In my last post, a dreamer related a funny dream about throwing pancake batter on the ceiling. I asked him to discuss each of his symbols by giving him the neutral prompt: “Tell me about it!” (Scroll down to see my last posts.)
Reassembling the dream
The next step in the interpretation process is to reassemble the dream. However, when the dream is put back together, there will be two changes. First, wherever there was a symbol—such as “living room”—that will be replaced by the dreamer’s description when I asked him to “Tell me about…” that symbol. He replied, “It’s the common gathering place in our house. When we want to be together, that’s where we go.”
Second, I will insert occasional phrases like, “within myself” to remind the dreamer that all symbols in a dream represent aspects of his own psyche. What follows is the dream restated in this fashion.
I am sitting in the place within myself that is the common gathering place in the house within me. When I want all the parts of me together, this is where we go. I am concerned. Something is weighing heavily on my mind. It is about the lack of my own inner life-sustaining water. It is an alarming threat to living. What I inwardly eat to stay strong, healthy and alive is in danger. I am afraid that I may have to control and restrict water use, so that I only get the bare minimum of what I need; I’ll have to make due. I will have to perform a tribal ceremony within myself to bring the needed water. Parts of me think this will work, other parts not. I prepare the ingredients for a breakfast food for all of my inner family. This is a sign that we are all getting together on a Sunday morning. I have no clue what the purpose of my next action is. I guess I take it seriously as some sort of ritual to bring this much-needed water into myself.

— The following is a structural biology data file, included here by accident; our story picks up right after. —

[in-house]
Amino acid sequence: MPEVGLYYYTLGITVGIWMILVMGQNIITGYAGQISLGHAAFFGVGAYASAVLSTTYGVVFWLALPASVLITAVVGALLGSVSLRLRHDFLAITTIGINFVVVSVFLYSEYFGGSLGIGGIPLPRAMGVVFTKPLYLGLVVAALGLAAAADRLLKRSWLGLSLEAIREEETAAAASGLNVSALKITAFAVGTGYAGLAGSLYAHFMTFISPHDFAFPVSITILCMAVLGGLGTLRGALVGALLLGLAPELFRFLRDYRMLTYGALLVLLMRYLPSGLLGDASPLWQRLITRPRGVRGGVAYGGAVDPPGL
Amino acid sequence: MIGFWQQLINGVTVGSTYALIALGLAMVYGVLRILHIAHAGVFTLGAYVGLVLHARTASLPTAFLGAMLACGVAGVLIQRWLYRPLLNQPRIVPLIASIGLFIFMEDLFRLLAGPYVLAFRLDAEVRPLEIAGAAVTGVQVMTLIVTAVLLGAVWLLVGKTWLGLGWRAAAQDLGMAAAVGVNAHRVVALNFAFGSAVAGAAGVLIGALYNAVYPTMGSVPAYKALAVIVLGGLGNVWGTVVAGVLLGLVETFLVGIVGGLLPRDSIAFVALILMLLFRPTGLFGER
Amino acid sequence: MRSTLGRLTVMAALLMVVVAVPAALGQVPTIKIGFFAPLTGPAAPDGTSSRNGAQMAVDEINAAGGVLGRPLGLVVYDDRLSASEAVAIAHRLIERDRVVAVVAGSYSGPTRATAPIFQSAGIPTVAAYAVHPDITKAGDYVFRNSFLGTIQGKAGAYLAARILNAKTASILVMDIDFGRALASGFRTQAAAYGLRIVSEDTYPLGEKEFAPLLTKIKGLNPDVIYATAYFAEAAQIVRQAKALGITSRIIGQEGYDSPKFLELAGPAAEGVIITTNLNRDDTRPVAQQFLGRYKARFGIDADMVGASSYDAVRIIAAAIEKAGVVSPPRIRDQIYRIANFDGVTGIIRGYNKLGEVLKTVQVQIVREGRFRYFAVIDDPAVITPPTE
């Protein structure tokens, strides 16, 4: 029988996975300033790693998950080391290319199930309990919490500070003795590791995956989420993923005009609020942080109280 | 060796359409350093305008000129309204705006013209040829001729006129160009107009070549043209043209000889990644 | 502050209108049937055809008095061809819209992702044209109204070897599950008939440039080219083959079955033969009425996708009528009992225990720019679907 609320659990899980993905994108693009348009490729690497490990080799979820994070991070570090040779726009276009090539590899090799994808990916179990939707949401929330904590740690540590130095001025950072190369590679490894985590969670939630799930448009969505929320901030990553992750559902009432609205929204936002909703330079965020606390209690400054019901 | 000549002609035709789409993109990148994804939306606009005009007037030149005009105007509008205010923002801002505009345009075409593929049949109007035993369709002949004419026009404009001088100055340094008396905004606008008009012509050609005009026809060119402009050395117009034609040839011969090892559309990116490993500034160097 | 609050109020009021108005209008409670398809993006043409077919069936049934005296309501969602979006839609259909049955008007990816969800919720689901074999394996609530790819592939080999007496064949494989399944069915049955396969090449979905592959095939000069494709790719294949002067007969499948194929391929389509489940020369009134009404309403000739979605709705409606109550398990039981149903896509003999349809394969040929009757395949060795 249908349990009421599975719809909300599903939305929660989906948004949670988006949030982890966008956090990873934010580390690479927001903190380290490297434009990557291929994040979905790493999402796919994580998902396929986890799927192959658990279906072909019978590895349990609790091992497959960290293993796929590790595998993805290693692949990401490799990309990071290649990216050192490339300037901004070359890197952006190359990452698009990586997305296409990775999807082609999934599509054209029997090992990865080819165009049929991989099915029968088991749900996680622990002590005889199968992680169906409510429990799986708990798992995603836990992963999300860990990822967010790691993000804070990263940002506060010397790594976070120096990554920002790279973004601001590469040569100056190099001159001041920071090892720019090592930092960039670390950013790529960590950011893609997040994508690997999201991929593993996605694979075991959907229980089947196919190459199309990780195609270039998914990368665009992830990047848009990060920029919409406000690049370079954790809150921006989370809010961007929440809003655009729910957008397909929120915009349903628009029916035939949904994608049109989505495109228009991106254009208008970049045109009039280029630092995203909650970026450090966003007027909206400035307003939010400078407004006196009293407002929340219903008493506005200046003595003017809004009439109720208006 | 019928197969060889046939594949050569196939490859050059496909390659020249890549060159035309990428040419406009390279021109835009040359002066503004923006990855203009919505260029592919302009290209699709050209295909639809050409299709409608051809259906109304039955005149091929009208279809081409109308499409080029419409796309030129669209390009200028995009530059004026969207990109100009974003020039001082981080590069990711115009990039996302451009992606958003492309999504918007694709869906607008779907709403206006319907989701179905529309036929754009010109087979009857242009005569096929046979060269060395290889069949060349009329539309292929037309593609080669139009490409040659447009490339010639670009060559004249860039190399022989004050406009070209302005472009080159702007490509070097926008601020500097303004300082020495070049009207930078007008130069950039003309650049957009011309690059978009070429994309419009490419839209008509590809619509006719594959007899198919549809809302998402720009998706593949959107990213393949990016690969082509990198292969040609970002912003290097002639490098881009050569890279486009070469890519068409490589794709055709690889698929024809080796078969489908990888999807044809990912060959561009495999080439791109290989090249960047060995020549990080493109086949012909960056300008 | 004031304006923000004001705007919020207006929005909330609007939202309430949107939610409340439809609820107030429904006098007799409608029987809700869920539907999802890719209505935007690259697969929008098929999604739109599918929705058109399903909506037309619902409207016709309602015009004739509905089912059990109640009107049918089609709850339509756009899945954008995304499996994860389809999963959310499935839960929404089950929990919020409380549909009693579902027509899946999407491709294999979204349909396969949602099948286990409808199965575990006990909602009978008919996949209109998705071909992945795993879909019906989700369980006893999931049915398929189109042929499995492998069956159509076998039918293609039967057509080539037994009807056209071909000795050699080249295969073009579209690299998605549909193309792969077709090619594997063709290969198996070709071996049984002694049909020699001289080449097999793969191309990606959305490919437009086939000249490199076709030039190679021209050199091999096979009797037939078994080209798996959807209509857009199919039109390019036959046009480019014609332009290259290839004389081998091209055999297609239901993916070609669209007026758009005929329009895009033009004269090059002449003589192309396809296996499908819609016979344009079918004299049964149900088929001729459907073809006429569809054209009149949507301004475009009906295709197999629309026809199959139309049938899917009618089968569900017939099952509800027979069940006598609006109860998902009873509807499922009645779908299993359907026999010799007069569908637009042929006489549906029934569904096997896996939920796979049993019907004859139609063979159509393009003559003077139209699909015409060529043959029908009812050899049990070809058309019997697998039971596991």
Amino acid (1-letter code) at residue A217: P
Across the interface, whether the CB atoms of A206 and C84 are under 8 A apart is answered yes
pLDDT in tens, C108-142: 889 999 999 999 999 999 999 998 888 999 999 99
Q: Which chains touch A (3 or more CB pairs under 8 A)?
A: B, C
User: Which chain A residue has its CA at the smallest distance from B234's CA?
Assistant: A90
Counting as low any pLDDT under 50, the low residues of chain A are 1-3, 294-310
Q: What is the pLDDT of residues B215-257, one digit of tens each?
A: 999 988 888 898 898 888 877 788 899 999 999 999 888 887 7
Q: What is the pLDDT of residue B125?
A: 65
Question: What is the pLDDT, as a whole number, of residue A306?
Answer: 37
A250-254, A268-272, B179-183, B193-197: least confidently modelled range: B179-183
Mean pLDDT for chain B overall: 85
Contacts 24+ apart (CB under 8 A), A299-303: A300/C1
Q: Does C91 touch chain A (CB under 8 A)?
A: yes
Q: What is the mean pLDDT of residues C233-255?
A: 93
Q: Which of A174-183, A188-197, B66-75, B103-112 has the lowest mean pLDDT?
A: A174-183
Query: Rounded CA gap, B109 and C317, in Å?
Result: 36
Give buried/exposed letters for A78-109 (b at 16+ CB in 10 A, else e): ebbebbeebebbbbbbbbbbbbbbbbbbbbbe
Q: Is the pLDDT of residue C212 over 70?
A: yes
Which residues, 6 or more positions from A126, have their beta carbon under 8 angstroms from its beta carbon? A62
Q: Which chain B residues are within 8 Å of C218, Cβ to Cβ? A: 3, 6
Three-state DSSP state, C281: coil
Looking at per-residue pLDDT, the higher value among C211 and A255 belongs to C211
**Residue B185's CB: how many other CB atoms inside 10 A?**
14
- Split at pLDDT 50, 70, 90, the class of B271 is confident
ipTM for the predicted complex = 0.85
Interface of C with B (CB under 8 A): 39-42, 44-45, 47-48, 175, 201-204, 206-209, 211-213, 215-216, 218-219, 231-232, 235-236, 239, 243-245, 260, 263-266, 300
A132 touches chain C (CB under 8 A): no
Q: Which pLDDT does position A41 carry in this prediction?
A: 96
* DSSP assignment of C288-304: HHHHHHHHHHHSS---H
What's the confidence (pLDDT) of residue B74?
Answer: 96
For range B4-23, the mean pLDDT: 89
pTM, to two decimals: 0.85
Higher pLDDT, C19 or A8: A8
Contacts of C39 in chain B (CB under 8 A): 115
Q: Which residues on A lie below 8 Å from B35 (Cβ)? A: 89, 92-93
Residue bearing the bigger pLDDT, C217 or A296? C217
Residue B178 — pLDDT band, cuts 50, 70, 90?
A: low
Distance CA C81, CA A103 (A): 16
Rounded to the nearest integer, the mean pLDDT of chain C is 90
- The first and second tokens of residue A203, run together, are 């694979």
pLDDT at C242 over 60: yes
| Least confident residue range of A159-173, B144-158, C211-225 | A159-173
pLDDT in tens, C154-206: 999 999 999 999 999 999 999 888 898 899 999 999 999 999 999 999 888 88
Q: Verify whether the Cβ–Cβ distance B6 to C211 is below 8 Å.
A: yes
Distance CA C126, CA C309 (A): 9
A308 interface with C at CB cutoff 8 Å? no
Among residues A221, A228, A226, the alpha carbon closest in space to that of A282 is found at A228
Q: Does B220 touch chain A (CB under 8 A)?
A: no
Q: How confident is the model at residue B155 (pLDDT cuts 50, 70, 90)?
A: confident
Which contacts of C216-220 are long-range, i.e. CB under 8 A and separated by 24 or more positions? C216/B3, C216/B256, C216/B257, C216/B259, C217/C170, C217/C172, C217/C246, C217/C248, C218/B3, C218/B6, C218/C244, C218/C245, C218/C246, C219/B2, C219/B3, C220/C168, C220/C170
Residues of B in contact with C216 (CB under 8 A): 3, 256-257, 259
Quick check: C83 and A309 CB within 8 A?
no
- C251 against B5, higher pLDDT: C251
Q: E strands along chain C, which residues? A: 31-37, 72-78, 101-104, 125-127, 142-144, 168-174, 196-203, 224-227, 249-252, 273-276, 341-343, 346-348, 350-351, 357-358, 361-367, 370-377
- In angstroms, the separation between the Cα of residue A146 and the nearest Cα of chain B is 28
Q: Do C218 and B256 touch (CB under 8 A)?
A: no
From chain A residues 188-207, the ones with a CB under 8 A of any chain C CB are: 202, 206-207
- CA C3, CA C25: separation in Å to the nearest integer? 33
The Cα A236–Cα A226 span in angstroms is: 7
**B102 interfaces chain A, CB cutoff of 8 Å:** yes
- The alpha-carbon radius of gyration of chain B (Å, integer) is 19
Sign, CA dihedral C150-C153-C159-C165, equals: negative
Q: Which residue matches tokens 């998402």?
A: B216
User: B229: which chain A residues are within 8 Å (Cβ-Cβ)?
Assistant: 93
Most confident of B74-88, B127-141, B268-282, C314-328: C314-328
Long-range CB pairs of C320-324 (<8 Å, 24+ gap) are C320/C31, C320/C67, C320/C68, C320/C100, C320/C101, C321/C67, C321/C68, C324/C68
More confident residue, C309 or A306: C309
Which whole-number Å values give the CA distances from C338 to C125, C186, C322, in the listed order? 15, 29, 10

First glance at this dream
Two things become apparent when we restate the dream in this fashion. First, notice that the dream is no longer funny. Suddenly it takes on the quality of so many of the dreams appearing in this blog. We have used the dreamer’s own words almost exclusively, and it now appears that he is telling himself a coherent story about a conflict within himself. In the case of this dream, the imagery began as amusing and absurd: throwing pancake batter on the ceiling. In other dreams, the imagery is frightening. But in either case, the images serve the same purpose: They are exaggerated impressions designed to grab the dreamer’s attention.
Second, the dream is no longer incoherent; its message has come beautifully into focus. We still need to ask what the words “water,” “Sunday morning” and “house” symbolize. These metaphors will help unlock the dream’s message even more specifically.
We’ll ask the dreamer tomorrow.
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